Formally used for military communications, satellite-based Ka-Band is currently the fastest Wi-Fi service available for airlines and is popular with JetBlue, Virgin America and some United 737s. Satellite and wireless-service provider ViaSat powers Ka-Band with its new ViaSat-1 satellite, which is much more powerful than Ku-Banded satellites and promises speeds of up to 70 Mbps to each aircraft. This is similar to the speed you’d find in your home and allows you to stream videos, as well as upload photos to websites and social media platforms like Instagram and Facebook. There’s presently only one ViaSat Ka-Band satellite, so the service is limited to the US, however, ViaSat plans to launch a second Ka-Band satellite in 2016, which will cover Canada and parts of Europe.
Since Ka-Band is currently only available in the US, Virgin America has opted to use a Ka-/Ku-Band hybrid receiver for the time being on its newly delivered A320 aircraft. This hybrid receiver allows the airplane to switch between Ku- and Ka-Bands based on the best signal strength available. Virgin America claims that this combination of satellite-serviced Wi-Fi will allow its passengers to watch shows and movies on Netflix and stream music from Spotify.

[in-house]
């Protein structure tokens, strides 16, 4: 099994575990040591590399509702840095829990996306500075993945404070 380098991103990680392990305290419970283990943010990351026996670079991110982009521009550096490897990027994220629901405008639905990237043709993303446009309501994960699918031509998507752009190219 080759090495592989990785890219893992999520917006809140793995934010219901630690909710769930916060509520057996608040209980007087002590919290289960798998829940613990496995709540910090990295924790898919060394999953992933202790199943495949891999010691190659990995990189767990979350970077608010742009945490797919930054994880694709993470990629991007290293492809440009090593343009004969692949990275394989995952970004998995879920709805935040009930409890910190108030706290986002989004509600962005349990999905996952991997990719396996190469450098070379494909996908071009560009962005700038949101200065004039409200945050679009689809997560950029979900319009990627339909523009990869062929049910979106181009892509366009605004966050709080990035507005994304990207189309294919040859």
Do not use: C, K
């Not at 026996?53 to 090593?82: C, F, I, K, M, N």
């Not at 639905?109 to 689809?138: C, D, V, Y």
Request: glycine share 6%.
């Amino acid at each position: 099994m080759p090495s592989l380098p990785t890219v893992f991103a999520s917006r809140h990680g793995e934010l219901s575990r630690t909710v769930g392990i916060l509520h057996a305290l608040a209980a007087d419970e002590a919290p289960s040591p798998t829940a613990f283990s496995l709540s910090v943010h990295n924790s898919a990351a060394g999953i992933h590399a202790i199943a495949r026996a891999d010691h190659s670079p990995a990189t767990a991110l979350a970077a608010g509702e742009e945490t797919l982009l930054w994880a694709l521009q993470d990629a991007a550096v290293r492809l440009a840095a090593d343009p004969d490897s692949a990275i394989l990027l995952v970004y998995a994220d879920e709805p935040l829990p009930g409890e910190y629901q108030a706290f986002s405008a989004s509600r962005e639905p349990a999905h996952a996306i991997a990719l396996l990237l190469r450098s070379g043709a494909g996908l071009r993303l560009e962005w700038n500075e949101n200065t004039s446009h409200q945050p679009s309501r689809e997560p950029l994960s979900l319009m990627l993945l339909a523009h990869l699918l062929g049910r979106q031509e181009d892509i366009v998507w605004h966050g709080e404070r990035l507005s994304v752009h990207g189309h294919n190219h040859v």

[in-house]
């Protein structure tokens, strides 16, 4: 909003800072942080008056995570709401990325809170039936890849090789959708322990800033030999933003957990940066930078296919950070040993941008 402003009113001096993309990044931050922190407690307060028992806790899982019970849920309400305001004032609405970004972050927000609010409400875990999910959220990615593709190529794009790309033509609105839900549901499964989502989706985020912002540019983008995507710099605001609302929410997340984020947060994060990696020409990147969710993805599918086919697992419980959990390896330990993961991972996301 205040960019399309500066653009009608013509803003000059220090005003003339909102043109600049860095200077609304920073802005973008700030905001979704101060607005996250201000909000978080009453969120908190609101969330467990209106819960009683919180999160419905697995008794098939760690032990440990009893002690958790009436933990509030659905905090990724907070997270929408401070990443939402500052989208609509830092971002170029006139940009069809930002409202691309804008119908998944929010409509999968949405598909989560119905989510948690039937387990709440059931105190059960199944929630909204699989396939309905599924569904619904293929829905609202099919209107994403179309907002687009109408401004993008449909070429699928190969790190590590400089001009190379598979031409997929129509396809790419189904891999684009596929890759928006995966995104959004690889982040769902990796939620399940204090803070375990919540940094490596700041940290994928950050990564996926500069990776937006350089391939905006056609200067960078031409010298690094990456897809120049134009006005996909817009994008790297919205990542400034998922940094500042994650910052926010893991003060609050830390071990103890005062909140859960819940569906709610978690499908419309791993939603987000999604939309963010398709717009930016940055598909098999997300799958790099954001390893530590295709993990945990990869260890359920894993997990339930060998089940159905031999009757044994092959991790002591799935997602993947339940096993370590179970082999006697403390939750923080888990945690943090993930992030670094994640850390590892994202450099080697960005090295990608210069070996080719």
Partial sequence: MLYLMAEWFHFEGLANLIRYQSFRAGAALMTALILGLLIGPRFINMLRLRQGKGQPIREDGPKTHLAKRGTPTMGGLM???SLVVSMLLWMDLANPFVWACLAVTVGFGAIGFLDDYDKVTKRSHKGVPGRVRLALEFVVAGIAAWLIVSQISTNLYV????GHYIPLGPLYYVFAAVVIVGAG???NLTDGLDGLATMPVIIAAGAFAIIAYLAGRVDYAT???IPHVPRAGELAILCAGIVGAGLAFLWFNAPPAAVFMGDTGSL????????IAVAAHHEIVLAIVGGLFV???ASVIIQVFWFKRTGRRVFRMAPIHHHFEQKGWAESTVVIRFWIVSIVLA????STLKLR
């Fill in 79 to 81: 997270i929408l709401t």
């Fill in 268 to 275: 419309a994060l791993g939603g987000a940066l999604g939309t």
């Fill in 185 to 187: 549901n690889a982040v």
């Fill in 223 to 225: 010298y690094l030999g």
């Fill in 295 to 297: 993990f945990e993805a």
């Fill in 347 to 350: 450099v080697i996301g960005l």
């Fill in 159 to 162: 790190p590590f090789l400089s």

Also provided by ViaSat’s ViaSat-1 satellite is the 12 Mbps Exede service, which JetBlue uses to offer free “Fly-Fi” Wi-Fi service for all its passengers, along with the speed-enhanced Fly-Fi+ service available at $9 per hour. JetBlue also recently announced that it has teamed up with Amazon to offer Amazon Prime members the opportunity to stream movies to their own devices. JetBlue has completed Wi-Fi installation on all of its A320 family, but only 2% of the new E190 aircraft.
Interior Equipment Required to Make Wi-Fi Work on a Plane
The Wi-Fi and in-flight entertainment systems used on most commercial aircraft are fairly simple when compared with many other aircraft systems. For example, in 1984, Delta Air Lines outfitted a Lockheed L-1011 to carry the first seat-imbedded in-flight phones — and today, airplane Wi-Fi relies on similar technology.
Tucked behind the wall panels of an aircraft, lining one side of the plane and set slightly above the windows, a series of black boxes (not to be confused with flight recorders) serve as in-flight Wi-Fi access points.
Called Wireless Access Points (or WAPs), these black boxes function similarly to Wi-Fi routers that would be found in a home, but because they’re on an airplane, they cost 10 times more and break 10 times more easily. Each WAP is connected by a QuadRax cable, which is essentially formed of wires within wires within wires.
To see how an airplane is outfitted from the inside out with the technology required to enable satellite Wi-Fi in the sky, check out this cool two-minute, 33-second video made by United Airlines:
An aircraft’s interior Wi-Fi equipment is actually capable of far greater speeds than the exterior antennas are capable of receiving, which is why some airlines (e.g., Delta, United and Southwest) opt to use a pre-loaded computer that’s based on board the aircraft and allows a user to stream entertainment to their own device.
The Limitations of In-Flight Wi-Fi